Never have I been so compelled to help educate small businesses on the need for cybersecurity. On Saturday morning, March 6, 2021, I awoke to the Wall Street Journal article describing the Hafnium attack. This attack on Microsoft Exchange Servers was shared publicly on March 2nd with a patch for the issue released on Wednesday, March 3rd. This patch appeared to spark action from the hacker who ramped up and automated their attack for maximum scale. Other articles went on to say that 30,000 US businesses were compromised. The worst part- it was mostly small to medium sized businesses. Why was this? Because larger businesses, with stronger and more mature security practices, had the defenses in place to keep this bad actor from infiltrating their company while many small businesses did not.
Cybersecurity is for businesses of any size
Security maturity is not based on the size of the business. Recent research on security maturity and business outcomes found that there is not a dependency on company size in relation to having a strong security posture. “The fact that there is no correlation between company size and maturity level indicates to us that doing cybersecurity well is less a function of resources and more a function of thoughtful consideration, planning, and organizational culture.” – Tawnya Lancaster, AT&T Cybersecurity. Organizations who work to align with industry best practices, such as the NIST CSF, are better equipped to handle zero-day threats as well as enable their businesses. To improve upon a business’s security maturity, there are 4 key categories every business should address: cyber strategy and risk, network security, endpoint security, and threat detection and response capabilities.
Evaluate your cyber strategy and risk
Small businesses want to stay focused on running their business, not necessarily the cybersecurity elements needed to protect it. Employing a trusted advisor to help evaluate where your business is today, and how you plan to adapt and grow to stay competitive, will help your security measures stack up to the needs of your business now and as your business grows and transforms. A trusted advisor can also assist with evaluating compliance and regulatory requirements as part of achieving a successful security program. Through the guidance of experienced consultants, small businesses can help to improve their resilience against a growing threat landscape.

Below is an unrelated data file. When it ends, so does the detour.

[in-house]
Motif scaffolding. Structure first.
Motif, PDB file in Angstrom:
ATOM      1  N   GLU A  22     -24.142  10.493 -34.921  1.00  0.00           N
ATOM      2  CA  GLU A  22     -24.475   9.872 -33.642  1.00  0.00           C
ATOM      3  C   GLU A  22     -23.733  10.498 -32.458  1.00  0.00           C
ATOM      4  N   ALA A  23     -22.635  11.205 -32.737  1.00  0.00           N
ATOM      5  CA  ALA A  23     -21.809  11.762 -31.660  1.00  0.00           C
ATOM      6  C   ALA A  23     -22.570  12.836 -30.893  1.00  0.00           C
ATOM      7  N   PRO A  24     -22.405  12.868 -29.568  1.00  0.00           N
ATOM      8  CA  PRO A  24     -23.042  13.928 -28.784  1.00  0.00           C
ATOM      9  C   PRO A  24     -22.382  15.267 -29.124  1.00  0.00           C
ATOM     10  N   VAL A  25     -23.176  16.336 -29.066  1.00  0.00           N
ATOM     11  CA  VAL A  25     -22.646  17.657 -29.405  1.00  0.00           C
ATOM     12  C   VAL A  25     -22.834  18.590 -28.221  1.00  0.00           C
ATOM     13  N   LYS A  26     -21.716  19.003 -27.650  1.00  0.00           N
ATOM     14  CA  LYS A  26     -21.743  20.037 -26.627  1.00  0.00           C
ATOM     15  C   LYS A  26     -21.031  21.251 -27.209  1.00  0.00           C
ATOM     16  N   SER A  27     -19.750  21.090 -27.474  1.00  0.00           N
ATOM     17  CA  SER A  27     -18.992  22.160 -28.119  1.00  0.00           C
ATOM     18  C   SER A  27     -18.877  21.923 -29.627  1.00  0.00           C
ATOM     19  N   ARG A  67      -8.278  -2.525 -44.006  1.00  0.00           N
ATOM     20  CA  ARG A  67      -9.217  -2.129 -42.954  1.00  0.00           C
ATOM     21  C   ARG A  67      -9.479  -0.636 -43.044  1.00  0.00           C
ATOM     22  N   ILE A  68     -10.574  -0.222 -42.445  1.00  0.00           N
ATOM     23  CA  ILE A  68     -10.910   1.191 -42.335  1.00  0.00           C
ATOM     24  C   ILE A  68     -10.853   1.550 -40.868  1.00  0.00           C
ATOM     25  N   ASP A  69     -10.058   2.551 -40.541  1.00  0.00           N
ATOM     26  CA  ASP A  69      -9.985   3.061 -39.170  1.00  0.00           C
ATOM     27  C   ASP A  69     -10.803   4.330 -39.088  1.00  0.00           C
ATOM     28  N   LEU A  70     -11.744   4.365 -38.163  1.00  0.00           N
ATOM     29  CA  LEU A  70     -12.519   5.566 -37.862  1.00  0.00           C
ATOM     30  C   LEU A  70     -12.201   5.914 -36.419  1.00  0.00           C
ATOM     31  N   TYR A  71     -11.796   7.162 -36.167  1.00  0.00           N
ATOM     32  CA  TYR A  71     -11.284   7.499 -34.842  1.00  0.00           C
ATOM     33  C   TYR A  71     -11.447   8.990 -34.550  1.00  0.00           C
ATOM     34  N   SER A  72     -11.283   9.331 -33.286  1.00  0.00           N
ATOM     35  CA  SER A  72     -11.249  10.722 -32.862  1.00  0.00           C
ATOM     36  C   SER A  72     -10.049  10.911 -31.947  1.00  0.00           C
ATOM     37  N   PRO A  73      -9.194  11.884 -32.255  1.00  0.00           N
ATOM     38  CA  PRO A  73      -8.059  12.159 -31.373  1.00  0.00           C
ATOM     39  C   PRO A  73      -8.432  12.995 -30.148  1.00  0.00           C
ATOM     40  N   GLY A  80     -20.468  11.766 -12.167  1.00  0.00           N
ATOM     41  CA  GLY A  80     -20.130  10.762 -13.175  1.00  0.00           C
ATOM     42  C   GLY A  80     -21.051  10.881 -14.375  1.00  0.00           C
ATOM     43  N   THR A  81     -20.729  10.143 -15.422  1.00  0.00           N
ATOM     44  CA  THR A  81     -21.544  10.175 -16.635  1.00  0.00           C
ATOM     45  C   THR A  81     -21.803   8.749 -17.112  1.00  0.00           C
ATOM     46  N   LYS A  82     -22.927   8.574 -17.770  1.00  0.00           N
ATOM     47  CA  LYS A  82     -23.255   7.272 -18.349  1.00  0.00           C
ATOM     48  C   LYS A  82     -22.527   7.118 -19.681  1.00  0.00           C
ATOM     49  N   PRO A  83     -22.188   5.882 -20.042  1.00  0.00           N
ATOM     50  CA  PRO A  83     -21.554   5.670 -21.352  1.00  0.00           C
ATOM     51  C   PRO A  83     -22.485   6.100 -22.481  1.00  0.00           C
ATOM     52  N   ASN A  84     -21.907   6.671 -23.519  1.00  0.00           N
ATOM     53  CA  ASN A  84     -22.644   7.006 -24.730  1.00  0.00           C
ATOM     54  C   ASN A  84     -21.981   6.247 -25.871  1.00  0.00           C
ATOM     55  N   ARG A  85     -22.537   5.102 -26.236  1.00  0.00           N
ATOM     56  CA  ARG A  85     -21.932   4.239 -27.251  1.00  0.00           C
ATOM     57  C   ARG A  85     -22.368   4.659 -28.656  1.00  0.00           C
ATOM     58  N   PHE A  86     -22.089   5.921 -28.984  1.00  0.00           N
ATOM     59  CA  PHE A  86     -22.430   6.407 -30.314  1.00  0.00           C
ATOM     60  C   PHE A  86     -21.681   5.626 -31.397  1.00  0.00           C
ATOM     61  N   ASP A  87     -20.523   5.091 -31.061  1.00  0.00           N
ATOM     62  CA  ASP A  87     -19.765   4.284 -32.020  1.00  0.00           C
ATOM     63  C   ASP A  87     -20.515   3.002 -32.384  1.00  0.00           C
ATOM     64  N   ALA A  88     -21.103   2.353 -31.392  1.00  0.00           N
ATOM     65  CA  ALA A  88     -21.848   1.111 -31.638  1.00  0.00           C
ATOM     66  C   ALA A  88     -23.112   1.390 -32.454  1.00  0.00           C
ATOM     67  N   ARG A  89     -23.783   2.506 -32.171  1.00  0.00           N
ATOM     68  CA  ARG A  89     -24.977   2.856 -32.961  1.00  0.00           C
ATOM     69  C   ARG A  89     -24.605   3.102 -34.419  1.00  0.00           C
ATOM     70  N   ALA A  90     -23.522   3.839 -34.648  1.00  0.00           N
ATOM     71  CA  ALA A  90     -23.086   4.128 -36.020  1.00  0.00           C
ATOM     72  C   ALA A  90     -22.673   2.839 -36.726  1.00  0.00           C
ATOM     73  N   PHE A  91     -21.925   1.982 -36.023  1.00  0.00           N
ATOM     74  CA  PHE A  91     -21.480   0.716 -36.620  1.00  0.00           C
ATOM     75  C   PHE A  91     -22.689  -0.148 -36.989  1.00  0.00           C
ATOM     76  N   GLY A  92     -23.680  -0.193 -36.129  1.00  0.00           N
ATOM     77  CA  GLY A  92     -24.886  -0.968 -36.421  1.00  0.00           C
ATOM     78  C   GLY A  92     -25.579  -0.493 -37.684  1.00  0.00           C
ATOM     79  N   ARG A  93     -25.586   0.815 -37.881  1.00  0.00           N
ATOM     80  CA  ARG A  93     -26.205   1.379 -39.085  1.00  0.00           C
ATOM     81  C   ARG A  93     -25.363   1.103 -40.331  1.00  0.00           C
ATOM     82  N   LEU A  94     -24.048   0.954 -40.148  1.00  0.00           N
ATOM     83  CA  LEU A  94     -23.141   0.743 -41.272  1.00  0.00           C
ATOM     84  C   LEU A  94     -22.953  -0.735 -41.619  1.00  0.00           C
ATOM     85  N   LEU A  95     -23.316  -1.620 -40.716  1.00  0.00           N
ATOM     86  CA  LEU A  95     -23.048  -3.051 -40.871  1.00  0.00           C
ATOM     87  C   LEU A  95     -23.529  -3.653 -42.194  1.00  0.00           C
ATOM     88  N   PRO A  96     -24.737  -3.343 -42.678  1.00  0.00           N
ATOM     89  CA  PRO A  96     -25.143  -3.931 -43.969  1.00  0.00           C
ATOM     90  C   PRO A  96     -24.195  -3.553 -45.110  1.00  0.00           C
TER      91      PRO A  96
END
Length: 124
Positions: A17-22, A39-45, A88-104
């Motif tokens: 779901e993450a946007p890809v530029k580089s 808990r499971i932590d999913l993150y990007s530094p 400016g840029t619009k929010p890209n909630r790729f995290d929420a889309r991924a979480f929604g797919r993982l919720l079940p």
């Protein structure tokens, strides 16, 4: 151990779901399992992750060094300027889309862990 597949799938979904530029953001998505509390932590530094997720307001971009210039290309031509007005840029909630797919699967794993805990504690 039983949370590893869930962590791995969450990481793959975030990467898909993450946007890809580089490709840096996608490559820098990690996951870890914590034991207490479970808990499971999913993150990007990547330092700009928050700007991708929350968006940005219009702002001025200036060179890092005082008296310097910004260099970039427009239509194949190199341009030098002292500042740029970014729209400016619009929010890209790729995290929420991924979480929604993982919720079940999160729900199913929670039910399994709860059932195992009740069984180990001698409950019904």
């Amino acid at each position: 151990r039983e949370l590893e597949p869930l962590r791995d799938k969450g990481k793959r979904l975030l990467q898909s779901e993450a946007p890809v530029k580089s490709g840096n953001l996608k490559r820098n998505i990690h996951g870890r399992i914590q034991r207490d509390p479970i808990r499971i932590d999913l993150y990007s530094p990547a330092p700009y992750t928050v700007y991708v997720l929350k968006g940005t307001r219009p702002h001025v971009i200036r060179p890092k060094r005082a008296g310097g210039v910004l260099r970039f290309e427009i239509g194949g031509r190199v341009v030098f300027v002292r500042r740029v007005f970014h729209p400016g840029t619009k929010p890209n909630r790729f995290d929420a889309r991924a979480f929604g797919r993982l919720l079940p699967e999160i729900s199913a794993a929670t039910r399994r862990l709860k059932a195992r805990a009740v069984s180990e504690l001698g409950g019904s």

Networks should be protected end-to-end
Every connected network needs proper security elements in place to help keep that network protected. In today’s modern networks, small businesses can simplify their network security by turning to one vendor that can meet both the connectivity needs and security elements needed to help protect that connectivity. And, with proper visibility and reporting, businesses can not only demonstrate their efforts to remain compliant with industry regulations but also their commitment to the customer to help protect their privacy.
Endpoints should be managed and protected
Endpoints are a crucial component of every business and are the doors through which businesses run – both internally and out to their customers. These endpoints need to both be managed, such as pushing out software patches for these vulnerabilities, but they also need to be highly secured with solutions able to detect these zero-day attacks. And it is not just the traditional endpoints such as laptops and desktops that need to be managed and protected.. Mobile devices, such as smartphones and tablets, and Internet of things (IoT) devices also need state of the art solutions designed for the security of your data on the mobile platform.
Be able to detect threats and be prepared to respond quickly
Finally, small businesses must detect and respond to threats before there are impacted. Security monitoring can be integrated and centralized across both cloud and on-premise environments. And no one should try to tackle security intelligence completely on their own. Through advanced threat intelligence researchers, such as the AT&T Alien Labs, companies can benefit from managed security services.
Where can a small business start?
Small businesses have access to the same resources, tools, and professionals that large businesses have. It is OK to not be comfortable with the realm of security and you don’t need to be an expert. Start with a simple online assessment to understand where you are in your security maturity. And then turn to a trusted advisor for help addressing the unique security needs of your small business. And it is also OK not to be comfortable managing security elements. Deploy security tools and management policies that stay continuously up to date and push updates automatically to your assets. Better yet, let a managed security service provider monitor your business 24X7 so that you can read this recent Saturday morning news article and know that you had the security measures in place to help you stay protected.